Steven, a straight-A student and talented athlete, was revered among his family and peers. That is, until the tragic loss of his brother changed the course of his life forever.
By: Chanelle Green
Steven was considered the “golden child” in his family. In high school, he juggled wrestling, football and BMX riding all while maintaining a 4.0 grade point average. When he wasn’t wrestling or at football practice he was with his younger brother, Cody, whom his mom took in as a foster child. The two were inseparable.
At the tender age of 18, Cody lost his life in a tragic car accident. “Steven took the loss really, really hard,” said Michelle, mother of the two boys. “I tried getting him counseling and after one session he refused to go back.”
Steven felt odd in therapy; he was grieving, refused to talk and didn’t feel as though anyone could help him. He decided to channel his feelings through sports. During his senior year, he dedicated his final wrestling match to his brother and started a fundraiser to honor Cody. Michelle thought that this was his way of coping with his brother’s death and that using sports as a platform was a healthy way for him to channel his anger and heartbreak.
During the sports season, Steven started to ask for over-the-counter pain relievers, such as Tylenol, more than usual. Steven would tell Michelle that his back was aching, and he was having trouble sleeping. “At the time, I didn’t think much of it. I know it can be hard on the field and figured it was normal.” Michelle stated.
Once Steven entered college, his behaviors started to change. Like some teens, he talked to his mom less, asked for money more, and made some “sketchy” new relationships at school. Michelle would visit him at his off-campus apartment and noticed empty alcohol bottles, marijuana paraphernalia and other devices that one would use to smoke. “He would tell me the hookah was for smoking flavored tobacco and that he had the alcohol under control,” she explained. “I know students branch out and experiment. I was worried, but figured he was okay and would talk to me if he had any problems.”
What Michelle didn’t know was that Steven was still treating his back pain. He had moved on to stronger substances: prescription pain relievers Oxycodone (often referred to as “Oxy”) and Hydrocodone – both highly addictive opioids that can become deadly when combined with other substances, especially alcohol.
Steven became addicted to the pain relievers. He dropped out of college and got a customer service job with a local cell phone service provider. “I was devastated. He thought he had things all figured out.” Michelle said. Because of his addiction, Steven was unable to maintain his job, and things suddenly went from bad to worse. No longer able to support his habit through prescription drugs, Steven turned to a street drug: Heroin.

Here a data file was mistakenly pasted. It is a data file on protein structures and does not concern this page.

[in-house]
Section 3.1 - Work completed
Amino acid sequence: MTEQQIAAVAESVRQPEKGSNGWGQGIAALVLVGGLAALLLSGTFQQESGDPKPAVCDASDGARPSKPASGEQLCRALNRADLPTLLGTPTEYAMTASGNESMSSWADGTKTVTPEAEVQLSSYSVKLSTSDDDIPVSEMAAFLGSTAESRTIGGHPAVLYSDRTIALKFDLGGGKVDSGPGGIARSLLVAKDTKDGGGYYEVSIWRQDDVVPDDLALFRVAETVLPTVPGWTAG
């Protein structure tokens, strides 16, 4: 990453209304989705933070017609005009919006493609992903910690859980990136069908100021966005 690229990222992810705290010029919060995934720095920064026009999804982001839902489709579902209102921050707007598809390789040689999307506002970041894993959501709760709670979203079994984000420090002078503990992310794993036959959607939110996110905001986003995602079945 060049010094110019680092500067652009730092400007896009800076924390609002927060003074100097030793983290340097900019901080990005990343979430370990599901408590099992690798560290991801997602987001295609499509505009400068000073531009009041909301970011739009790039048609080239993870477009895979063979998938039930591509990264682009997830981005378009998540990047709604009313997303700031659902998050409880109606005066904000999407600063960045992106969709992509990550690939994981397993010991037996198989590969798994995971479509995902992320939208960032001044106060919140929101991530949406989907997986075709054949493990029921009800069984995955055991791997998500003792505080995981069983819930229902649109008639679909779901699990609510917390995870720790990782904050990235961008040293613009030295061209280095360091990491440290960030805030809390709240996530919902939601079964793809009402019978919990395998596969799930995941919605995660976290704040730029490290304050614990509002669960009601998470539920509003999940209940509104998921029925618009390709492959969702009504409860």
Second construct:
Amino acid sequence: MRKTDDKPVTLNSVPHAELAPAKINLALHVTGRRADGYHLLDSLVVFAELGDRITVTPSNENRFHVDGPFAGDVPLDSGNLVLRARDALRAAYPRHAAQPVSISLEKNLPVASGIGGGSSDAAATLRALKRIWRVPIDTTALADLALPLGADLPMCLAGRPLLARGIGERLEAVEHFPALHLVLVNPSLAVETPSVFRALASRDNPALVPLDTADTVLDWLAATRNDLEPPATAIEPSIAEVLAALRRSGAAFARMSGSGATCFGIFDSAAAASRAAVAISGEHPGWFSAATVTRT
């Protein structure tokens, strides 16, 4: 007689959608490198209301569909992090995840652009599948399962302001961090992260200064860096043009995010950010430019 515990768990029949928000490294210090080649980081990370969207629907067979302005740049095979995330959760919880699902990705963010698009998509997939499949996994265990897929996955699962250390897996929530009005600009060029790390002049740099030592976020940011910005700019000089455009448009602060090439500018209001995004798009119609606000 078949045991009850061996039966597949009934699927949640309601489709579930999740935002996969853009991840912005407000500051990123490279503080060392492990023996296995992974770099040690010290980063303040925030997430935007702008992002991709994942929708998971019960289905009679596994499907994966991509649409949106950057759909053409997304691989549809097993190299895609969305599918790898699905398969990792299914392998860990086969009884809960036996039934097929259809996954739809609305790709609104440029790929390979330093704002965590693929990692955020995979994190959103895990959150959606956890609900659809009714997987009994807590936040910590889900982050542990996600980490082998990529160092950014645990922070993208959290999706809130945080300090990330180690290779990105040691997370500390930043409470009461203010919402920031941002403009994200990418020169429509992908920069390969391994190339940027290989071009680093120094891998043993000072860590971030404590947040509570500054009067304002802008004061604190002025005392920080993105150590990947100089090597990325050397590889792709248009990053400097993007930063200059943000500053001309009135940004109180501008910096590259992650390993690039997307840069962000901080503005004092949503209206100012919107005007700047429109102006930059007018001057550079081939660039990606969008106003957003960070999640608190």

“At this point, it was hard to get in touch with him. When we spoke, he would mumble. He just wasn’t himself. I knew something was wrong.” Steven, once an outstanding athlete and straight- A student, became a college drop-out and had several run-ins with the law. He began stealing and was on the streets, getting arrested several times. Officers would call Michelle when he was arrested and would explain what was going on with her son. “I finally got confirmation of his addiction while advocating for him at one of his court appearances. His attorney asked if he had been going to rehab as he had been ordered, and he answered yes.” At that point she knew that Steven was battling addiction and needed help.
Desperate and wanting answers, Michelle googled “My son is dying from heroin what to do?” She found NJ Connect for Recovery’s telephone number and decided to call. She was immediately connected to Josie, Certified Alcohol and Drug Counselor, Call Center Representative and Peer, and asked if she would be able to utilize the service since she’s not from New Jersey. Josie answered “yes”.
Michelle was relieved. She felt like Josie was comforting and non-judgmental. “I was plagued with shame; I couldn’t talk to my mom because she’d accuse me of being a bad mother and I couldn’t talk to my boyfriend because he wouldn’t really understand.” she explained. Josie set up weekly Sunday calls to check on both Michelle and Steven and offer support. “I owe my strength to calls from NJ Connect.”
Steven eventually landed in jail, where he detoxed cold-turkey and realized he wanted to turn his life around. Once released, he reconnected with his now wife, started working as a bike salesman,and recently closed on a new home where he lives with their four children. He is currently stable and has been in recovery for 3 years. Michelle’s advice: Never say never. “You don’t have to live with hidden dark secrets. Call NJ Connect.”